Arizona Eagletarian

Arizona Eagletarian

Thursday, October 6, 2011

Redistricting -- staying focused in spite of GOP tantrums

This morning, the Arizona Independent Redistricting Commission resumed deliberations on legislative districts in hopes of adopting an official draft in time to begin the second round of hearings next week.

Prior to deliberating, the AIRC took public testimony. Wes Harris admonished the AIRC saying that the harsh "publicity" the last couple of days was self-inflicted and would have been completely avoided if they had waited just one more day, adopting the Congressional Draft map on Tuesday instead of Monday. Just to make sure I didn't misunderstand him, during the next recess, I asked him about it. He emphatically said he did believe that the entire attack would have been prevented with a Tuesday vote instead of Monday. Tell me, is Harris' assessment of the situation correct?

Various interests from northern Arizona also testified about progress of negotiations between business and city/county governments and the Navajo Nation. Flagstaff mayor Sara Pressler and Navajo Human Rights Commission Exec. Director Leonard Gorman indicated the two sides are close to agreement on what to propose to the AIRC. On the other hand, retiree Shirley Dye said that conservative residents and business leaders in that region are not necessarily represented by either Pressler or the Navajo.

After the initial public comment period, discussion about the maps revolved around working to ensure compliance with the Voting Rights Act. Besides trying out several possible legislative district line locations and seemingly endless repetition of how many people too many or too few does this change (or that one) make it, Strategic Telemetry staffer Willie Desmond explained various definitions related to the Voting Rights Act. For example, Desmond expounded on the difference between coalition districts (where different minority groups combine to exceed half of the voting population) and plurality districts (where there is a particular minority population with more voters than other ethnic groups in that district).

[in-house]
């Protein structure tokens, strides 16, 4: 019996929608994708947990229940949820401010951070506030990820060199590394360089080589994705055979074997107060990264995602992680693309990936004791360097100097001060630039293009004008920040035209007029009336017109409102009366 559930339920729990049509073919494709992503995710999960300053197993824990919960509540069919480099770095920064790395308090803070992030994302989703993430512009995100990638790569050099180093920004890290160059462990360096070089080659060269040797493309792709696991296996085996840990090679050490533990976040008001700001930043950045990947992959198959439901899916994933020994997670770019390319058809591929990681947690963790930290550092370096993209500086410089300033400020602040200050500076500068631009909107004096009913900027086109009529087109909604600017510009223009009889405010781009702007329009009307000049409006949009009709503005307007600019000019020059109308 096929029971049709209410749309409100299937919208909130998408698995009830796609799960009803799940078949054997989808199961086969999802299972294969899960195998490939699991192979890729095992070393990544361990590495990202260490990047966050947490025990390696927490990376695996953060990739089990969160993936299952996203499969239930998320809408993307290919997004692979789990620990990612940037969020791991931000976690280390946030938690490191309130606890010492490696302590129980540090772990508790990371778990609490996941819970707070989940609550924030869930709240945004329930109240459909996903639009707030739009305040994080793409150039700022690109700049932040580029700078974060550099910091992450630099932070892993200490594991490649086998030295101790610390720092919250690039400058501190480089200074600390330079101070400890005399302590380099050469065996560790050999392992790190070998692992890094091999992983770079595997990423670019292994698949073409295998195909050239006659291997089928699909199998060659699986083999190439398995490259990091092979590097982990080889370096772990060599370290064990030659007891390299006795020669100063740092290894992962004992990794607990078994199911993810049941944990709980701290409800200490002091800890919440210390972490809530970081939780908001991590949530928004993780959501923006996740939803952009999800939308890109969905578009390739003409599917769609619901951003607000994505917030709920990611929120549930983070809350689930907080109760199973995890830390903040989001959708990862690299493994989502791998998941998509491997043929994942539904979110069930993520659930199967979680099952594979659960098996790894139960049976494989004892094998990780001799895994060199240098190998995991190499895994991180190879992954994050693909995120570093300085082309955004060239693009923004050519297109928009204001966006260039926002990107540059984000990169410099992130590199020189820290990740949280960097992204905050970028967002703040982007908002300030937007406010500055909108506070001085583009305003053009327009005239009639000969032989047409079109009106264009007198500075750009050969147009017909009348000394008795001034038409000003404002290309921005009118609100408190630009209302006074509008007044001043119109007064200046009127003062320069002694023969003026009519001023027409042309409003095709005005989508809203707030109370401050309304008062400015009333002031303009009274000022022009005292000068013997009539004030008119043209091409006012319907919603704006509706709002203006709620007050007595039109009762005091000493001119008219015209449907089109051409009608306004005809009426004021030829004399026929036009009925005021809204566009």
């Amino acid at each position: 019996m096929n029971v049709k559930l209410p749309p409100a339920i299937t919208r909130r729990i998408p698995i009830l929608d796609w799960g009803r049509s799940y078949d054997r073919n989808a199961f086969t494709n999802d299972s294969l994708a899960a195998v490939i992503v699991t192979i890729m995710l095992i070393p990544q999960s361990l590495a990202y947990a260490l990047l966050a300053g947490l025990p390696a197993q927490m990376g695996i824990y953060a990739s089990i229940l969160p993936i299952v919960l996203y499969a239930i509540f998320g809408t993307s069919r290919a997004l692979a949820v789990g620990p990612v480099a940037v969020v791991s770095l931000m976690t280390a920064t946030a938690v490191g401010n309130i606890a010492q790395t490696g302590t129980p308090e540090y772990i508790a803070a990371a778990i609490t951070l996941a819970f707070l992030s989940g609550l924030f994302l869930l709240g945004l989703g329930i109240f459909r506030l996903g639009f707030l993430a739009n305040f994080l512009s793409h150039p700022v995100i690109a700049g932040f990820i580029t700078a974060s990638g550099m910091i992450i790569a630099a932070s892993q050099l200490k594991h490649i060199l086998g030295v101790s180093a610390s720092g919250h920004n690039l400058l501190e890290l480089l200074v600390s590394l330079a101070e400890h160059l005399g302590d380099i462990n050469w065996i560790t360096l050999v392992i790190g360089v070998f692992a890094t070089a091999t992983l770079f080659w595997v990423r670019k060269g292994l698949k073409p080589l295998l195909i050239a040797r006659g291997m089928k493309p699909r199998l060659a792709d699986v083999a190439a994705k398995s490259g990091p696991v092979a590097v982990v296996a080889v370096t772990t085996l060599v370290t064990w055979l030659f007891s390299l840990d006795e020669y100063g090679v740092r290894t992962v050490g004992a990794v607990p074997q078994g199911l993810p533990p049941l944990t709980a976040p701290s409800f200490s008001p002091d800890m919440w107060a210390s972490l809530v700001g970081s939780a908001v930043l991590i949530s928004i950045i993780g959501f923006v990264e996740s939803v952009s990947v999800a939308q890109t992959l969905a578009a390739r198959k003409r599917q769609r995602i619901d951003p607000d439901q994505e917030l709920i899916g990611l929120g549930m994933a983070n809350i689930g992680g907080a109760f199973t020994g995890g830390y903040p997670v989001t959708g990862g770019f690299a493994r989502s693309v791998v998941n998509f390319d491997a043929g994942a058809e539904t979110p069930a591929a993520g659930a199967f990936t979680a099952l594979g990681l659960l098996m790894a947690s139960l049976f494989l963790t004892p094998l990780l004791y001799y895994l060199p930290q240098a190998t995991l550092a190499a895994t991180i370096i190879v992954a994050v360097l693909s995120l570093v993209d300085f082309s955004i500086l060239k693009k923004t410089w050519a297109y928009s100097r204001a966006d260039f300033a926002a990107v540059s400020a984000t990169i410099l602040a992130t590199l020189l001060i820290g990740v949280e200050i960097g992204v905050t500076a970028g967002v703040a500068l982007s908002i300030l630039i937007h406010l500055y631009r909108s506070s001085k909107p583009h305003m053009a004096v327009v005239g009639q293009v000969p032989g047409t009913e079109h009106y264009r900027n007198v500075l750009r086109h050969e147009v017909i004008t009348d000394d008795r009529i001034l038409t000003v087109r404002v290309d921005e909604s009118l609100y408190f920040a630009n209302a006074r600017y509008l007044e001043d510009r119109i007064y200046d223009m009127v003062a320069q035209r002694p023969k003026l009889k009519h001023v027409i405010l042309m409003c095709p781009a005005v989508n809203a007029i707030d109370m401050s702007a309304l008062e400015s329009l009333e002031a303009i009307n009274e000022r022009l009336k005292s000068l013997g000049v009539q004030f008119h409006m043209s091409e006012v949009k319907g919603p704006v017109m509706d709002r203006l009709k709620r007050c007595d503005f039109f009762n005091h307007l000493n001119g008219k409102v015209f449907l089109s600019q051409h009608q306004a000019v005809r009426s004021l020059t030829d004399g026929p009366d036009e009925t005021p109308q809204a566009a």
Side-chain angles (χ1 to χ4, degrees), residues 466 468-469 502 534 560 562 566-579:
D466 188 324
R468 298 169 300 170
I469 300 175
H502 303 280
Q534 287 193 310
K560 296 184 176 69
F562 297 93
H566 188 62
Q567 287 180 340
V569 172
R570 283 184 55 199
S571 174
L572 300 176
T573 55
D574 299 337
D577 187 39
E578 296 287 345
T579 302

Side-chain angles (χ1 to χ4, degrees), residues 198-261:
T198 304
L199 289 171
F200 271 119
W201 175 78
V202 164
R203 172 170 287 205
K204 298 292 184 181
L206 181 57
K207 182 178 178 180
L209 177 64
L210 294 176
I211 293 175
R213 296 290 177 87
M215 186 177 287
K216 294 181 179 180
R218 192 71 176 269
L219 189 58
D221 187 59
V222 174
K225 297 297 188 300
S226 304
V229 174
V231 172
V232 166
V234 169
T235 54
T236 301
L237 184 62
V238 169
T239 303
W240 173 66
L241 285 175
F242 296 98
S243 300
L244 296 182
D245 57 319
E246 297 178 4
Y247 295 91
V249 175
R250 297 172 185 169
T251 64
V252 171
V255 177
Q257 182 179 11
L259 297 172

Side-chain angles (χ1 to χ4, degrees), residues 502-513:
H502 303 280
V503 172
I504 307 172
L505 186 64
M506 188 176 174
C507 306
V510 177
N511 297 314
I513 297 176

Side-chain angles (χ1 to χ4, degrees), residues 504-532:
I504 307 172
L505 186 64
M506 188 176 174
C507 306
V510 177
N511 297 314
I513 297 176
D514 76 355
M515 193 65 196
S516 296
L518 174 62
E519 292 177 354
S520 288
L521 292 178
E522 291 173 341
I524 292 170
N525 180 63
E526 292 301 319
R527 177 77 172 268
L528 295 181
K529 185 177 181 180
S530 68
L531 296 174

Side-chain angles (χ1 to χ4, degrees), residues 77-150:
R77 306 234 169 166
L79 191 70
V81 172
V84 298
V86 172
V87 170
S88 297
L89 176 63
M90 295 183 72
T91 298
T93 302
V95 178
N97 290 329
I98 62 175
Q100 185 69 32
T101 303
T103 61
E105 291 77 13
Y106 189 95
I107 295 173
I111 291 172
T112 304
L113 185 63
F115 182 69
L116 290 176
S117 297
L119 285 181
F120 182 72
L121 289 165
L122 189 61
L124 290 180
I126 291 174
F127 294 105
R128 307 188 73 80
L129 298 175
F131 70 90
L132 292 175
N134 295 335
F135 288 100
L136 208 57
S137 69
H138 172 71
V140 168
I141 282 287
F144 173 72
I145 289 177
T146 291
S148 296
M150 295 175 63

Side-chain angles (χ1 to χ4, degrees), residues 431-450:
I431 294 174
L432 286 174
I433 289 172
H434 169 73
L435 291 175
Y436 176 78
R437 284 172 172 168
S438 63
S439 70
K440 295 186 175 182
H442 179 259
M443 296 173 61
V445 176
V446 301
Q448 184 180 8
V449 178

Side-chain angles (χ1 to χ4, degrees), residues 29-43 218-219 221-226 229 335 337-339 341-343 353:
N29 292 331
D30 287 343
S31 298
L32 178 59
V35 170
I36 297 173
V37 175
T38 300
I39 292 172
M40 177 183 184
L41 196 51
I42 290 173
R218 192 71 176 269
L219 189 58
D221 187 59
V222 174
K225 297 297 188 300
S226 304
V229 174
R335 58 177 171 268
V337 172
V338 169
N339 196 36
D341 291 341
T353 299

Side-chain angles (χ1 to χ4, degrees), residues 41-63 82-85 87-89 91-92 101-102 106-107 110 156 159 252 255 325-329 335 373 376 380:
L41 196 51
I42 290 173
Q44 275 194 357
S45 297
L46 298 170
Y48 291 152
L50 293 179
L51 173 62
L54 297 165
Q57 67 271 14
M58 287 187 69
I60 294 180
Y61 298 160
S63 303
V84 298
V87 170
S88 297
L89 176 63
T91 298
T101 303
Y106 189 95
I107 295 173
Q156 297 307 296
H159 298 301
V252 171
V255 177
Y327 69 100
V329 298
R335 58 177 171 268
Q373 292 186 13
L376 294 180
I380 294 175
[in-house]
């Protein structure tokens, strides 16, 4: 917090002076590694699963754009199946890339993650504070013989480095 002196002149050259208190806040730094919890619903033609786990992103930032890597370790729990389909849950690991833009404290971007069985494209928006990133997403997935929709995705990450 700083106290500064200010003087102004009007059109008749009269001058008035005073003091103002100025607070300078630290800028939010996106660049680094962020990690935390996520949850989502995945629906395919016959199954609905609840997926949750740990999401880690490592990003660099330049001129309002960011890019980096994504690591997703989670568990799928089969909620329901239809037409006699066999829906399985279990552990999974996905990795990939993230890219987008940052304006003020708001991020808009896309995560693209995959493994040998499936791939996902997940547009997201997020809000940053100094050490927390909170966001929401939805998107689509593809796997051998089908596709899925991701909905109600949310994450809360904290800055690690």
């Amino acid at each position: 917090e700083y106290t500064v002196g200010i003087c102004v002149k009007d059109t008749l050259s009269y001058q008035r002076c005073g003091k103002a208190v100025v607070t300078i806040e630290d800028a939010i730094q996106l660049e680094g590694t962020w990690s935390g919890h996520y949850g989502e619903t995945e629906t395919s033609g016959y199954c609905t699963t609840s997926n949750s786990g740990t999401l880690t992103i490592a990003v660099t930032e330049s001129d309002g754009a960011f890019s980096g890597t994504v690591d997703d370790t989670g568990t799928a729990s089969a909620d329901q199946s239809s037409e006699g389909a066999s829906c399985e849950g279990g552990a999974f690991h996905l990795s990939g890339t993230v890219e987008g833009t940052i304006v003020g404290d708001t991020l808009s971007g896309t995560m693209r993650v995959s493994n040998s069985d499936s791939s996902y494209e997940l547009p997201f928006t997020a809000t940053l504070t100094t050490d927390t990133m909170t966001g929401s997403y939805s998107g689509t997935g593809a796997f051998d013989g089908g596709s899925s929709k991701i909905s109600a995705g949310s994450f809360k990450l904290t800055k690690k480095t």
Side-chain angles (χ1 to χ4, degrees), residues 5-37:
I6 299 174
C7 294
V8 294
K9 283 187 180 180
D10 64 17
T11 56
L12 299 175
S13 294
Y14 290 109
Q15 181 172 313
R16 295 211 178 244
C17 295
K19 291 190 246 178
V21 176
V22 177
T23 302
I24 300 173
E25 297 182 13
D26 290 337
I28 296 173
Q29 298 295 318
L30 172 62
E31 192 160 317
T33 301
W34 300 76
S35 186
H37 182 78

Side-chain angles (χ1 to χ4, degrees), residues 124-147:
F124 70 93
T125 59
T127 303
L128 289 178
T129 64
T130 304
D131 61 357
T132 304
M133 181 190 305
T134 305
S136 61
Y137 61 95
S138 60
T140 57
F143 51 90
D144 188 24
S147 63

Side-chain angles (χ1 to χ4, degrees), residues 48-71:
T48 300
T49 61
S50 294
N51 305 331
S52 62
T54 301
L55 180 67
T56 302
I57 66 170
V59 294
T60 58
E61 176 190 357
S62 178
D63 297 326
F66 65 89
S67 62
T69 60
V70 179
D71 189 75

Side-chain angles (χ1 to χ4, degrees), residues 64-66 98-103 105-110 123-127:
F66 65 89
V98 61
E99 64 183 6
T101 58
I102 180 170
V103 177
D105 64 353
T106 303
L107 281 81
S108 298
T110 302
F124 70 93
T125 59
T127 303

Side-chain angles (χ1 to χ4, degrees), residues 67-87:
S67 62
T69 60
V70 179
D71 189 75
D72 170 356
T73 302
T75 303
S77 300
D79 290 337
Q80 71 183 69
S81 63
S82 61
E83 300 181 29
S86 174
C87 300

Republican and Democratic legal counsel variously explained their understanding of the implications of proposed line changes. They also considered various ways to satisfy VRA requirements. Joe Kanefield said he believes they may need to draw 10 Voting Rights districts to obtain preclearance. He wants to get DOJ preclearance consultant Bruce Adelson's insight as soon as possible. He said Adelson might be able to participate in tomorrow's meeting remotely (perhaps by skype).

In the event they cannot come to an agreement on the legislative draft map by the time they adjourn on Friday, the AIRC posted meeting notice and agendas today for Saturday and Sunday at the Sheraton Airport Phoenix (which is in Tempe) and for Monday in Tucson.

If I can get my motor running early enough in the morning, I'll provide some excerpts from today's Yellow Sheet with my reflections on them. The two major topics in the YS are the GOP complaints about the AIRC (especially, but not only limited to the Congressional Draft maps) and the Pearce Recall and Olivia Cortes' withdrawing her name today from the election.

Among the YS fodder, Gov Brewer apparently now has gone so far as to threaten to remove Colleen Mathis from the AIRC; and former AIRC legal counsel Lisa Hauser weighed in on the progress of this year's commission. Stay tuned!


  1. Steve,

    Why does Wes Harris think one day would make a difference? It seems that elected Republicans had their press releases ready for days.

  2. Harris is the guy that sent an email to Tom Horne the other day alleging the vote on Monday to adopt the Congressional Draft map constituted a violation of the Open Meeting Law. One aspect of his claim is that the map was not posted for public review prior to the vote. Apparently therefore, Harris thinks the rash of attacks by GOP incumbents was only done because the public didn't see the map until the day of the vote.

  3. Steve,

    I think both of us know that this "attack" by elected Republicans was very well coordinated and would have occurred no matter when the draft map was voted on.

    As I posted yesterday on my own blog, I am not happy with the draft map either, but that doesn't mean I am going to attack the AIRC and threaten them with recall elections.

    (BTW: Can someone who has been appointed be recalled?)

  4. I agree that it's silly to think the coordinated GOP attack on Wednesday would have been prevented just by waiting one day.

    The appointed members cannot be recalled or someone would have been trying to do that months ago. A member can be removed for neglect of duty or gross misconduct. But none of the commissioners have even approached that standard.

  5. Steve,

    That's what I thought, which makes me wonder what the hell Governor Brewer was thinking when she said that some of the commissioners might face recalls. Or maybe she wasn't thinking and just followed the script everyone else was.